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Jamie Madigan's Blog   Expert Blogs

 

Writes about the psychology of video games here and over at www.psychologyofgames.com. Follow on Twitter: @JamieMadigan

 

Expert Blogs

Posted by Jamie Madigan on Tue, 04 Mar 2014 10:06:00 EST in Console/PC, Indie, Social/Online
My wife was once highly offended by a cartoon mole, and the story highlights how a simple attack on self-concept can reduce the frequency and severity of cheating in video games.


Posted by Jamie Madigan on Thu, 02 Jan 2014 11:41:00 EST in Design, Console/PC
The story of one very scary bridge in British Columbia may explain why some Game of the Year discussions ignore the flaws in video games like The Last of Us.


Posted by Jamie Madigan on Wed, 20 Nov 2013 09:17:00 EST in Business/Marketing, Console/PC
Many of us are comparing bulleted lists of new console features when trying to decide which to buy. That’s a step up from blind fanboyism, but such an approach can still trigger a couple of mental errors in judgment. Here’s how to avoid them.


Posted by Jamie Madigan on Mon, 16 Sep 2013 12:00:00 EDT in
Why Gone Home, which was built by a a tiny team, is a better textbook example of how to create what psychologists call spatial presence than is any other AAA game.


Posted by Jamie Madigan on Thu, 29 Aug 2013 11:02:00 EDT in
Can paying full price for a game make you enjoy it more than if you bought it for super cheap? A classic study in psychology suggests that it could.


Posted by Jamie Madigan on Sun, 07 Jul 2013 07:30:00 EDT in
The Xbox One's new Kinect camera can supposedly measure your heartbeat, see where you're looking, and guess at your facial expression. Such biometrics open up some cook but crazy avenues for scaling game difficulty and marketing.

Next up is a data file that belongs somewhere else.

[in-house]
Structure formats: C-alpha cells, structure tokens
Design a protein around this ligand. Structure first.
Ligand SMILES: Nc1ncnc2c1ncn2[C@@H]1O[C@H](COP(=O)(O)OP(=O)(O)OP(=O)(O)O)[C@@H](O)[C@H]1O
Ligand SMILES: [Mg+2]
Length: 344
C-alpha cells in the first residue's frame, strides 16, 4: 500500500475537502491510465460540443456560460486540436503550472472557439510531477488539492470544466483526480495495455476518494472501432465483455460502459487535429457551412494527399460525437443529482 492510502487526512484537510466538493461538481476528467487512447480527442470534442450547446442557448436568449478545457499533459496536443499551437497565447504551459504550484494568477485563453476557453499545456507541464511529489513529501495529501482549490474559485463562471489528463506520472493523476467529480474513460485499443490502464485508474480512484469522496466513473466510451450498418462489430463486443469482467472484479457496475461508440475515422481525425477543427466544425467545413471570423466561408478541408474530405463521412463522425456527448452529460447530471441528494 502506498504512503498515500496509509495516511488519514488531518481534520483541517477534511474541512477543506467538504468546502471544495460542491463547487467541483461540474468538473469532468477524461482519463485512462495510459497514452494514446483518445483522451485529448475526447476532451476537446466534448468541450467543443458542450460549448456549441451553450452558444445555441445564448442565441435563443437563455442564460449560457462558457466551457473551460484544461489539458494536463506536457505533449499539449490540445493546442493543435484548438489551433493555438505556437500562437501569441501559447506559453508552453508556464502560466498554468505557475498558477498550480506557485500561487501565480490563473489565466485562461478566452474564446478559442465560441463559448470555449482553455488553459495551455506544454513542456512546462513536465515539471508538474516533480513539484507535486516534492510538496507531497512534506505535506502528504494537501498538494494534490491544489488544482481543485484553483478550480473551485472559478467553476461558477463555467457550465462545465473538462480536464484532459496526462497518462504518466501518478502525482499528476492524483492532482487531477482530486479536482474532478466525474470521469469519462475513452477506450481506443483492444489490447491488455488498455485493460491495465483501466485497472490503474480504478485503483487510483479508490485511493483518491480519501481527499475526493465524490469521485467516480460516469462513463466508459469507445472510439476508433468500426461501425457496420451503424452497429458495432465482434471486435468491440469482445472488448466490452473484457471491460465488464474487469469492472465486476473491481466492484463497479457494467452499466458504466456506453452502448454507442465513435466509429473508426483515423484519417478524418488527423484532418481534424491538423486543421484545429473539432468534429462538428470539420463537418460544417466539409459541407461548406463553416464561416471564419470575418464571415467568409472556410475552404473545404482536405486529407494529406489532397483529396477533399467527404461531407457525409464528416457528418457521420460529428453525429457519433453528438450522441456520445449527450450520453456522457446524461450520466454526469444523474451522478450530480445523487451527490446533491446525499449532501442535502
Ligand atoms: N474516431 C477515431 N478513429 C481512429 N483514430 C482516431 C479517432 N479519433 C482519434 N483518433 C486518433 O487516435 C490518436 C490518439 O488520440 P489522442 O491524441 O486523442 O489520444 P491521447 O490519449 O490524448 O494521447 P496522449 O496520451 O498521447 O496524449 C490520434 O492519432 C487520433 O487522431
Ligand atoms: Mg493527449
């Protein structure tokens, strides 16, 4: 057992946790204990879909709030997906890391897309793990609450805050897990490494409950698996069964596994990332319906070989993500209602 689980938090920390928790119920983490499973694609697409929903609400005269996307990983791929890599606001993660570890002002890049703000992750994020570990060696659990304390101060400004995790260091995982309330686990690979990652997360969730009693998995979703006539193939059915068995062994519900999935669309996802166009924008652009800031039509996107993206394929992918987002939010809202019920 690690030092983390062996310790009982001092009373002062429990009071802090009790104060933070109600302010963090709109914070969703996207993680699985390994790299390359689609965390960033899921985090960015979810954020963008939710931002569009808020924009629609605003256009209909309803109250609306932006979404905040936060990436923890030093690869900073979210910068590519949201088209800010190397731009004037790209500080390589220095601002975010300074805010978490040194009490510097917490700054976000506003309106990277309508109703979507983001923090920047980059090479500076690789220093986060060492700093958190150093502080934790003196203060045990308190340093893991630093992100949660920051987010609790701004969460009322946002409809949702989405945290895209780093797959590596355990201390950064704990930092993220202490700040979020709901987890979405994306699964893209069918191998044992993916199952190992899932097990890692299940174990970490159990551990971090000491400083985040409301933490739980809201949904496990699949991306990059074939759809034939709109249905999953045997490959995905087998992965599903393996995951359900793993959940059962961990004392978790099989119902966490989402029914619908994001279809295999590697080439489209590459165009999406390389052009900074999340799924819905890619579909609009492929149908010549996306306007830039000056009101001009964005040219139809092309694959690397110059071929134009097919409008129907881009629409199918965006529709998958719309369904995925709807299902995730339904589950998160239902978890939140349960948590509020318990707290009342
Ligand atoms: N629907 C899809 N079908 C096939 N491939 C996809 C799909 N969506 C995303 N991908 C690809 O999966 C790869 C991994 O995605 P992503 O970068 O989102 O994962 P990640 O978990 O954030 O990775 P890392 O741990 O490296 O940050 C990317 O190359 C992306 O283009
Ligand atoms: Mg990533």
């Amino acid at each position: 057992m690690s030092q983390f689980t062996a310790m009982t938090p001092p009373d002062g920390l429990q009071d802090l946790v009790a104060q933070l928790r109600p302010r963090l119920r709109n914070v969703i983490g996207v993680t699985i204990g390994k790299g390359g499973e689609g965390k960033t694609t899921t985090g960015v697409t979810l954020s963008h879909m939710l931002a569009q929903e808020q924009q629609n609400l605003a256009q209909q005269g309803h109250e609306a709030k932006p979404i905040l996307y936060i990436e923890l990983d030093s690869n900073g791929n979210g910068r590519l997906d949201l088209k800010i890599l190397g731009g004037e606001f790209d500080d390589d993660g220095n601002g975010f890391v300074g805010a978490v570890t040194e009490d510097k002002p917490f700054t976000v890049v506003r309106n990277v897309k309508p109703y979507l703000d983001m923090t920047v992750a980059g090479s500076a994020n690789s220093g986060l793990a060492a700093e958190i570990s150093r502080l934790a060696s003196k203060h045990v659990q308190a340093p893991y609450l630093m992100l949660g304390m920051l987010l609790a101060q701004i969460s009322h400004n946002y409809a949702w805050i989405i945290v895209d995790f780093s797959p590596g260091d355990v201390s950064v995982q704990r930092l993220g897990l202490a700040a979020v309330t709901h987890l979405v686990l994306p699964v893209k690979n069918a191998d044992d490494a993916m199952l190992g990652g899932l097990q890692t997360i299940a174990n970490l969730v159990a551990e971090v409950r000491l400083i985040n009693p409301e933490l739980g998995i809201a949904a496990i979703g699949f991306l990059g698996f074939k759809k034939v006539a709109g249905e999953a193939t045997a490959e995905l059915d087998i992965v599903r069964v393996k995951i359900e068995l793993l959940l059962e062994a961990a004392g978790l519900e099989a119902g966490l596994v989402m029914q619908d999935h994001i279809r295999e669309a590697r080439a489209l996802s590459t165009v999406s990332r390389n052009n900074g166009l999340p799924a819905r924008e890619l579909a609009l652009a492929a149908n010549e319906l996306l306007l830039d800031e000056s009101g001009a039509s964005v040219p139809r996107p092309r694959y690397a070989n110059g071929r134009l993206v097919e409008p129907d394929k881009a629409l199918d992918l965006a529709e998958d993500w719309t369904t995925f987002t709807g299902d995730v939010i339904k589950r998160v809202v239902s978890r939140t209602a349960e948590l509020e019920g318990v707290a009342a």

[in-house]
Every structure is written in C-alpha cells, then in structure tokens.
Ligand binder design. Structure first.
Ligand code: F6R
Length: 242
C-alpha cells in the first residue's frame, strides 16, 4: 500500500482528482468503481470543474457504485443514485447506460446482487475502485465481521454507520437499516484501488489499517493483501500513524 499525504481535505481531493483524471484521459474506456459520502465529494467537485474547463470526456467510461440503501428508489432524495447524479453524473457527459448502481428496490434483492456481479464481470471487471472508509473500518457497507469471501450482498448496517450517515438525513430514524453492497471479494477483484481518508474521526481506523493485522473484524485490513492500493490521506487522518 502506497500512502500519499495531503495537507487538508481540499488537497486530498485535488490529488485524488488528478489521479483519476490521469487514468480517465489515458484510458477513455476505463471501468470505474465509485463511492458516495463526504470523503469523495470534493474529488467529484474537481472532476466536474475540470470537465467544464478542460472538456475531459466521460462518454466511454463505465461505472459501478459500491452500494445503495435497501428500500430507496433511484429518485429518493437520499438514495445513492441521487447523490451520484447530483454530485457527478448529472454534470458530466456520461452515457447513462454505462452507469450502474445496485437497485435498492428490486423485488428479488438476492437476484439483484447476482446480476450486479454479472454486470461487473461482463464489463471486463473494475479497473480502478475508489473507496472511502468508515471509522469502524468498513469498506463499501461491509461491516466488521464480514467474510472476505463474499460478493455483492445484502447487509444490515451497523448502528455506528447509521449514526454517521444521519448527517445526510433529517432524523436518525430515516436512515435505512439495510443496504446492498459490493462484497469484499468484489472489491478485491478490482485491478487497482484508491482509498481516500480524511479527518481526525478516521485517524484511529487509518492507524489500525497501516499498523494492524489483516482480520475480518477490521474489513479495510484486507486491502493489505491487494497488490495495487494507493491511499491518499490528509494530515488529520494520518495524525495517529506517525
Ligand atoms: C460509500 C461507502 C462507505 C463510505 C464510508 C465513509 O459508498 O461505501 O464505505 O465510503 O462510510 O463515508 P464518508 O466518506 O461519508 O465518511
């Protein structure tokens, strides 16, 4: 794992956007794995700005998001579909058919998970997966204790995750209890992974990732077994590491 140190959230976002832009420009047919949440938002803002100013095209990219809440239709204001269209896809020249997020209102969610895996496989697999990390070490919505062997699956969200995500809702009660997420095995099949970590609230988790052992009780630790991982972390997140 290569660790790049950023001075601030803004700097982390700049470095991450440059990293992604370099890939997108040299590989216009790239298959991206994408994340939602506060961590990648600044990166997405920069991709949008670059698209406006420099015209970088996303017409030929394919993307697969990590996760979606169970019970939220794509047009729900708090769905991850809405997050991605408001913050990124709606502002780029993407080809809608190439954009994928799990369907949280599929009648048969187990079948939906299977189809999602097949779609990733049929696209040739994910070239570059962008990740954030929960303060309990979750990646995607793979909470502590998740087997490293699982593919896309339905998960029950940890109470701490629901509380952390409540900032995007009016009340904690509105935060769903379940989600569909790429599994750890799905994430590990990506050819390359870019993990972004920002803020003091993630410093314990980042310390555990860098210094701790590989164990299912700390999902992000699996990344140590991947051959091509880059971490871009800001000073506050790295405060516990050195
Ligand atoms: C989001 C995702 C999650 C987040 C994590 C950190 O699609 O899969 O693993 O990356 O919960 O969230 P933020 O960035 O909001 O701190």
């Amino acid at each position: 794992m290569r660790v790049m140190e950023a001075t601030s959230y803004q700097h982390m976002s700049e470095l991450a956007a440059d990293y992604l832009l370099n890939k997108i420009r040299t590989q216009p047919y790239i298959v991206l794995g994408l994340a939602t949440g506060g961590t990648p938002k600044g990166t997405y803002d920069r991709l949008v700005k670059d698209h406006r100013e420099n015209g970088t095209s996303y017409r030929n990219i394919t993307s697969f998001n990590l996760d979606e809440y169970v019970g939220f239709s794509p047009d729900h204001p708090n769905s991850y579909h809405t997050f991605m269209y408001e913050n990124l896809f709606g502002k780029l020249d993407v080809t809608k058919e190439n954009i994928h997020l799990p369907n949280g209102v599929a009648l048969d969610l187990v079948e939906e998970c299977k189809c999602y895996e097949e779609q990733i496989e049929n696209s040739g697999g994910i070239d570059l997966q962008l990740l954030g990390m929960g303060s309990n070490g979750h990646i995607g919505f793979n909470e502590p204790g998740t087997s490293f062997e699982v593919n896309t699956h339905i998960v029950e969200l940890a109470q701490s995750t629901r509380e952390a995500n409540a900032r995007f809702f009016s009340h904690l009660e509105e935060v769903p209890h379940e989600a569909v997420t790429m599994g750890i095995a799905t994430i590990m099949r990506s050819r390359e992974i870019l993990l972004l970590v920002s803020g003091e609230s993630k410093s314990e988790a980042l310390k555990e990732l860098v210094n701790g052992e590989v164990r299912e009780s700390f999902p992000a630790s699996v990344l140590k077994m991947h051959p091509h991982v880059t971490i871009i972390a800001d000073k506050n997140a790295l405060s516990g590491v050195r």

Jamie Madigan's Comments

Comment In: [News - 06/06/2013 - 06:28]

I like how straight forward ...

I like how straight forward MS is being here and telling us exactly what we get without using PR speak or other wishy-washy language. They even come out and say Yo, we may change any of this at some time in the future, so ...keep that in mind. That said, ...

Comment In: [Blog - 06/03/2013 - 02:16]

I didn 't want to ...

I didn 't want to oversell it. :

Comment In: [News - 05/15/2013 - 03:51]

I count myself among those ...

I count myself among those who never understood the big deal about this term. It fits, it 's short, it 's not awkward unlike any alternative I 've seen , and it 's generally understood. If you want more specificity, just add modifiers: core gamer, casual gamer, etc. And if ...

Comment In: [Blog - 05/13/2013 - 03:00]

I didn 't mention it ...

I didn 't mention it in the OP, but the researchers actually thought of this too. They had a follow-up experiment where they let people in the sequential condition scroll back and forth between options. The effects on likelihood to switch was definitely less, but it was still there. They ...

Comment In: [Feature - 06/15/2012 - 04:15]

Great article, and thanks for ...

Great article, and thanks for the plug I agree that behaviorism isn 't the way forward for people wanting to apply psychology to games once those basic lessons are applied. Instead, I 've been really interested in fields like behavioral economics and the study of decision-making. There 's a gold ...

Comment In: [News - 11/29/2010 - 02:54]

Glad you all like the ...

Glad you all like the article. I agree that it's not something that you would want to overuse and implement on every quest. Humans have an amazing ability to become acclimated to stuff like that and have it lose its potency. Regarding some of the other questions about whether players/shoppers ...